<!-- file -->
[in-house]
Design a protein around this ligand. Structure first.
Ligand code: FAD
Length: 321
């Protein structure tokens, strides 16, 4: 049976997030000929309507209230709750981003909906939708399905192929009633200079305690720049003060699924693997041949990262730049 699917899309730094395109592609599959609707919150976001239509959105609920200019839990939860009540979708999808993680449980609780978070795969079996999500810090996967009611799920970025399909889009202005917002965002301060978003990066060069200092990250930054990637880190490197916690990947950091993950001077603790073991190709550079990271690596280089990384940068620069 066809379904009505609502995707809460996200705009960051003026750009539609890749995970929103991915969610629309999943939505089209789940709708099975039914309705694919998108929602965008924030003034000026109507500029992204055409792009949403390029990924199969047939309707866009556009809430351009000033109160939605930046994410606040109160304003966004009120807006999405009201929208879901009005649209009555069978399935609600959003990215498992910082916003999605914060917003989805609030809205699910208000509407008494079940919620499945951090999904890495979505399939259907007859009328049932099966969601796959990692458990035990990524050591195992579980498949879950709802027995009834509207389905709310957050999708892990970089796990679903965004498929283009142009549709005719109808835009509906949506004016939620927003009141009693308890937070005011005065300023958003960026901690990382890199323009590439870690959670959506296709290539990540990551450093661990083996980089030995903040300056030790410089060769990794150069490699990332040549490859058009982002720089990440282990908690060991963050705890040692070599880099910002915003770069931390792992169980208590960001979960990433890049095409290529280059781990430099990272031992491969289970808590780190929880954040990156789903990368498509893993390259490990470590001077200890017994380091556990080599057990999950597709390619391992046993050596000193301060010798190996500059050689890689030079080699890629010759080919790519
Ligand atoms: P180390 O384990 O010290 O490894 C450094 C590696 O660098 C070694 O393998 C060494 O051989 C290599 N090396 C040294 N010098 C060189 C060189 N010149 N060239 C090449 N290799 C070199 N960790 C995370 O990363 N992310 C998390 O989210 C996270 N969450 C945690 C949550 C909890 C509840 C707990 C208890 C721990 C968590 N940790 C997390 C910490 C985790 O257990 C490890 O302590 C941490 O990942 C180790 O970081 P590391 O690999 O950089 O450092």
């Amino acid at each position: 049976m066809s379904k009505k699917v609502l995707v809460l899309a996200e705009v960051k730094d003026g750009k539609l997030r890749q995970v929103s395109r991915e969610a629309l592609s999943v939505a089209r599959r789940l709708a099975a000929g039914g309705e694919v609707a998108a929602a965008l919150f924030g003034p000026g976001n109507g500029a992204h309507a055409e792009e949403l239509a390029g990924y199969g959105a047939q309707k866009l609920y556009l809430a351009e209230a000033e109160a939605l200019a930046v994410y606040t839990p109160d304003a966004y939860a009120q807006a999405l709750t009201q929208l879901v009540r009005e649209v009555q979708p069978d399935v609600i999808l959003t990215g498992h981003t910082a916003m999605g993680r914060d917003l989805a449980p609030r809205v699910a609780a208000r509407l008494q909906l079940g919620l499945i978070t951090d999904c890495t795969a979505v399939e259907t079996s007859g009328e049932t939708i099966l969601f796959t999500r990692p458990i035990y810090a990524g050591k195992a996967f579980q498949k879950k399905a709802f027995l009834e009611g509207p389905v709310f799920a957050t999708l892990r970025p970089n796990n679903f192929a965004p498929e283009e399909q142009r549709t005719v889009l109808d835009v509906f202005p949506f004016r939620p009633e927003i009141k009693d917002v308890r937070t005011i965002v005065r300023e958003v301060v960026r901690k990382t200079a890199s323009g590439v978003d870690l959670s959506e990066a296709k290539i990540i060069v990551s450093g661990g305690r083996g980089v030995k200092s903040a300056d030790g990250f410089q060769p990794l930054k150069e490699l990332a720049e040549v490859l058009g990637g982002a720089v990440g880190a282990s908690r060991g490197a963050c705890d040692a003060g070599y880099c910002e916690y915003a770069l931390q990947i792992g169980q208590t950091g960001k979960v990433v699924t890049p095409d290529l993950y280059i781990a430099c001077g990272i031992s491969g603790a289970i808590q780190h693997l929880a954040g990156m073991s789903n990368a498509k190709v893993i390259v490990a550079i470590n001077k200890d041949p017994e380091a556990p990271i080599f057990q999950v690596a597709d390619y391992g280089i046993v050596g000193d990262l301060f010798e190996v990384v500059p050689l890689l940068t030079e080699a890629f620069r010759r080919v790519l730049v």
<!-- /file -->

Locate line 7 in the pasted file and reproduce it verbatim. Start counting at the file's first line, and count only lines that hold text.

């Amino acid at each position: 049976m066809s379904k009505k699917v609502l995707v809460l899309a996200e705009v960051k730094d003026g750009k539609l997030r890749q995970v929103s395109r991915e969610a629309l592609s999943v939505a089209r599959r789940l709708a099975a000929g039914g309705e694919v609707a998108a929602a965008l919150f924030g003034p000026g976001n109507g500029a992204h309507a055409e792009e949403l239509a390029g990924y199969g959105a047939q309707k866009l609920y556009l809430a351009e209230a000033e109160a939605l200019a930046v994410y606040t839990p109160d304003a966004y939860a009120q807006a999405l709750t009201q929208l879901v009540r009005e649209v009555q979708p069978d399935v609600i999808l959003t990215g498992h981003t910082a916003m999605g993680r914060d917003l989805a449980p609030r809205v699910a609780a208000r509407l008494q909906l079940g919620l499945i978070t951090d999904c890495t795969a979505v399939e259907t079996s007859g009328e049932t939708i099966l969601f796959t999500r990692p458990i035990y810090a990524g050591k195992a996967f579980q498949k879950k399905a709802f027995l009834e009611g509207p389905v709310f799920a957050t999708l892990r970025p970089n796990n679903f192929a965004p498929e283009e399909q142009r549709t005719v889009l109808d835009v509906f202005p949506f004016r939620p009633e927003i009141k009693d917002v308890r937070t005011i965002v005065r300023e958003v301060v960026r901690k990382t200079a890199s323009g590439v978003d870690l959670s959506e990066a296709k290539i990540i060069v990551s450093g661990g305690r083996g980089v030995k200092s903040a300056d030790g990250f410089q060769p990794l930054k150069e490699l990332a720049e040549v490859l058009g990637g982002a720089v990440g880190a282990s908690r060991g490197a963050c705890d040692a003060g070599y880099c910002e916690y915003a770069l931390q990947i792992g169980q208590t950091g960001k979960v990433v699924t890049p095409d290529l993950y280059i781990a430099c001077g990272i031992s491969g603790a289970i808590q780190h693997l929880a954040g990156m073991s789903n990368a498509k190709v893993i390259v490990a550079i470590n001077k200890d041949p017994e380091a556990p990271i080599f057990q999950v690596a597709d390619y391992g280089i046993v050596g000193d990262l301060f010798e190996v990384v500059p050689l890689l940068t030079e080699a890629f620069r010759r080919v790519l730049v």